A McKenzie Friend is someone who comes to Court with you to help. They are called that because of an old case that gave rise to the principal that someone who did not have a lawyer could take someone along to Court to help them. They can usually come into Court with you and be with you when you are speaking to other lawyers at Court.
For example, you might ask someone you know who has been to Court before, or a relative or someone else who will be able to support you in and out of Court. There are also people who are professional McKenzie Friends - they charge money for their services and I will say something about them later on this page. They might be someone who is involved with a particular group, for example Families Need Father, Father's For Justice or Mother's for Justice etc.
If you take someone along to Court with you as a McKenzie Friend then generally speaking, apart from exceptional circumstances, the Judge must let them into Court and sit next to you during any hearing. They are allowed to speak to you during the hearing and to support you during the hearing.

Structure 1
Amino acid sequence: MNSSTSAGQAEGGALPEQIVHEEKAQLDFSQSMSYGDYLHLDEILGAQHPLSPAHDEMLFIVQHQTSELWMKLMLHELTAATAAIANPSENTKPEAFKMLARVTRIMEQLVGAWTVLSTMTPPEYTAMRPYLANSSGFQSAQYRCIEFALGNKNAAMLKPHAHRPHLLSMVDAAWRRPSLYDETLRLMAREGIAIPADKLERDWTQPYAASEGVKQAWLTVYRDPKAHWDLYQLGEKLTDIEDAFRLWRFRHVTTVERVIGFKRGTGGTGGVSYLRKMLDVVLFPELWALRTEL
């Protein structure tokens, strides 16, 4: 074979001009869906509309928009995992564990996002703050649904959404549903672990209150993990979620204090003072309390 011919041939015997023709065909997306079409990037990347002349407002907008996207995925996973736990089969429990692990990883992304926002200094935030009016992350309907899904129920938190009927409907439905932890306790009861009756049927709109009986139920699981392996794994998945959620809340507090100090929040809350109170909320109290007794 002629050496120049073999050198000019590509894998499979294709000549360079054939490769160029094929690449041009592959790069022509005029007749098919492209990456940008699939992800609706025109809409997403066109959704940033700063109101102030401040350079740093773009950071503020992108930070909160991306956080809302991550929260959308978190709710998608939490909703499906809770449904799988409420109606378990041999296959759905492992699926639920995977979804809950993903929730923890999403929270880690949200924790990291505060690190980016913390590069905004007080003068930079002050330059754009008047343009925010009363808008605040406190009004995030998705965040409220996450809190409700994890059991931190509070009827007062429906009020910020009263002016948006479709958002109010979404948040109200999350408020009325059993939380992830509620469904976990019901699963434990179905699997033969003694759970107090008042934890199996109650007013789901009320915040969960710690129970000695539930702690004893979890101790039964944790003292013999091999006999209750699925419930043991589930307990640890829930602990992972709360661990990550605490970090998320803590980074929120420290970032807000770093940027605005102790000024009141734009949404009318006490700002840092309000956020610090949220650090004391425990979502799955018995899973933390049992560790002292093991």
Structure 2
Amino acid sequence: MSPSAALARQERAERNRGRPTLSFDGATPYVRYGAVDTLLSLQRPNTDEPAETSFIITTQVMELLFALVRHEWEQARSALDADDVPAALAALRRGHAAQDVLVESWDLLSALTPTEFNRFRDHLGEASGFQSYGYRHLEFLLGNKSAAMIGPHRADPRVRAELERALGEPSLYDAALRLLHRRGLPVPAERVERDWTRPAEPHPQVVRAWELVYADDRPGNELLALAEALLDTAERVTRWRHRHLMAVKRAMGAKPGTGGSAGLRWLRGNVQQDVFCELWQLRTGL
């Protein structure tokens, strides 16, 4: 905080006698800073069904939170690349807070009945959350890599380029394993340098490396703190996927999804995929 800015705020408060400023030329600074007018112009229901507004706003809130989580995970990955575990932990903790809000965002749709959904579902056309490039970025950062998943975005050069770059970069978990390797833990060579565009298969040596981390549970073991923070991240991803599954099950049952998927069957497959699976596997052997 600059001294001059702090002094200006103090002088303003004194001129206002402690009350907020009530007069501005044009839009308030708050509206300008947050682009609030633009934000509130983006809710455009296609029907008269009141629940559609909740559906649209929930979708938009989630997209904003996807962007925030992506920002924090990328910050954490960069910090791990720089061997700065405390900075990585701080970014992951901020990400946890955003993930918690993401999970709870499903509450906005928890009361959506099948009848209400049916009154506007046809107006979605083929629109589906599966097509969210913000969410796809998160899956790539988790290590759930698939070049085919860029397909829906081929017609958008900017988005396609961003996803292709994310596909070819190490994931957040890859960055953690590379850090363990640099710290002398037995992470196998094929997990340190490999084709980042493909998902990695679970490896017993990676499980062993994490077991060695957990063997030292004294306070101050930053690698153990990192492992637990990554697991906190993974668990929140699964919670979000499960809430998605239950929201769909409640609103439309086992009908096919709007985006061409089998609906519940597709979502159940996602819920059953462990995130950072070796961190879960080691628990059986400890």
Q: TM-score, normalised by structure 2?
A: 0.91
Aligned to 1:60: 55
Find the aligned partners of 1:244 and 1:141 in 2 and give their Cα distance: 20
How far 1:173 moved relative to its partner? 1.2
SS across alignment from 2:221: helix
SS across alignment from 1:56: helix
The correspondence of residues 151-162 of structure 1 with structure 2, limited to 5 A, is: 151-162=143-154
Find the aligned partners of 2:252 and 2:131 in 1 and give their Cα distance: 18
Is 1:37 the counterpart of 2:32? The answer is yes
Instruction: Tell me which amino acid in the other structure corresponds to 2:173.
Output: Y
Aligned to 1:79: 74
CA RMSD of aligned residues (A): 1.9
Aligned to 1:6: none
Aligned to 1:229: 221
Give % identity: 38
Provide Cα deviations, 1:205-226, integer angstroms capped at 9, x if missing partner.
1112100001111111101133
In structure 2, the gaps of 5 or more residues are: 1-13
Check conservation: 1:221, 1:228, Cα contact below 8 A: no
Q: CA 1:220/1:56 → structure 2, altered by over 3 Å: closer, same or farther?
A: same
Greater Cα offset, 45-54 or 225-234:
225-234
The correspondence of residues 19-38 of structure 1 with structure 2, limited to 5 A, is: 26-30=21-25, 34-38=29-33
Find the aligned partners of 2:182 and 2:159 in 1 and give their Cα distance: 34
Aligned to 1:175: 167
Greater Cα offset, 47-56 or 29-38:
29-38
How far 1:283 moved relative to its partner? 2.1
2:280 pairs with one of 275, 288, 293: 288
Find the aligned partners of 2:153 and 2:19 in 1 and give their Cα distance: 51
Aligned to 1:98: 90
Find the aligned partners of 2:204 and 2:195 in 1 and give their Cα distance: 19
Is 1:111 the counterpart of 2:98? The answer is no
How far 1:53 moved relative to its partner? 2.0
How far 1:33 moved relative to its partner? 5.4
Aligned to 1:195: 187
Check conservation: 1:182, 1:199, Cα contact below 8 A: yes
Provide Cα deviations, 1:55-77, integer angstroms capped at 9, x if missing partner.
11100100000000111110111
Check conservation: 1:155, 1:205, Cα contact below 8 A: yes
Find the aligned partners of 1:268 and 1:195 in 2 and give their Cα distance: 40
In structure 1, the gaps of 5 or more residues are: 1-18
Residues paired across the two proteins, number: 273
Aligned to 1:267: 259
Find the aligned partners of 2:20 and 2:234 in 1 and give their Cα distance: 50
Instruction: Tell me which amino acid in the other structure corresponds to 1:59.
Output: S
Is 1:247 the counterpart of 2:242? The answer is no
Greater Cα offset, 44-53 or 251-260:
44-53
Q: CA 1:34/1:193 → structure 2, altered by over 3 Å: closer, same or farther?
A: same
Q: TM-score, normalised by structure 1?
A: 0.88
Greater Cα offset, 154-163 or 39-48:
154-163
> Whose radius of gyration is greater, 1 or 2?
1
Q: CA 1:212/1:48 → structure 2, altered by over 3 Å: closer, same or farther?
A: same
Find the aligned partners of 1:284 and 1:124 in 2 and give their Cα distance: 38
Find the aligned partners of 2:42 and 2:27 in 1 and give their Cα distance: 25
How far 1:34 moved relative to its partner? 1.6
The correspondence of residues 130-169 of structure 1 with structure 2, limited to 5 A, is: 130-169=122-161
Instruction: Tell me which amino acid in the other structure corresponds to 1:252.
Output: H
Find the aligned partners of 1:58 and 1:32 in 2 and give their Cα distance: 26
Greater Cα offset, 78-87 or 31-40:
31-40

It is very unlikely that you would be allowed a McKenzie Friend and a lawyer at the same time.
What can a McKenzie Friend do?
There is guidance on what McKenzie Friends can and cannot do. You can download the full guidance here. This is a summary:
McKenzie Friends can:
1. Provide moral support
2. Take notes
3. Quietly give advice
4. Help with case papers
McKenzie Friends are not allowed to:
1. Speak in Court (i.e. do the advocacy in Court, ask questions and speak to the judge)
2. Act as an agent (which means answer letters, issue proceedings etc)
3. Manage the case outside Court (i.e. negotiate with the lawyers or other side etc)
4. Conduct litigation (do what solicitors do)
The Guidance says that the Court will only grant permission to a McKenzie Friend to do the things they are not usually allowed to do (for example, speak in the Court room or ask questions) in exceptional circumstances.
Why Can't a McKenzie Friend do things Lawyers Can?
There are a number of reasons why McKenzie Friends cannot do all the things a lawyer can do. Some of them are: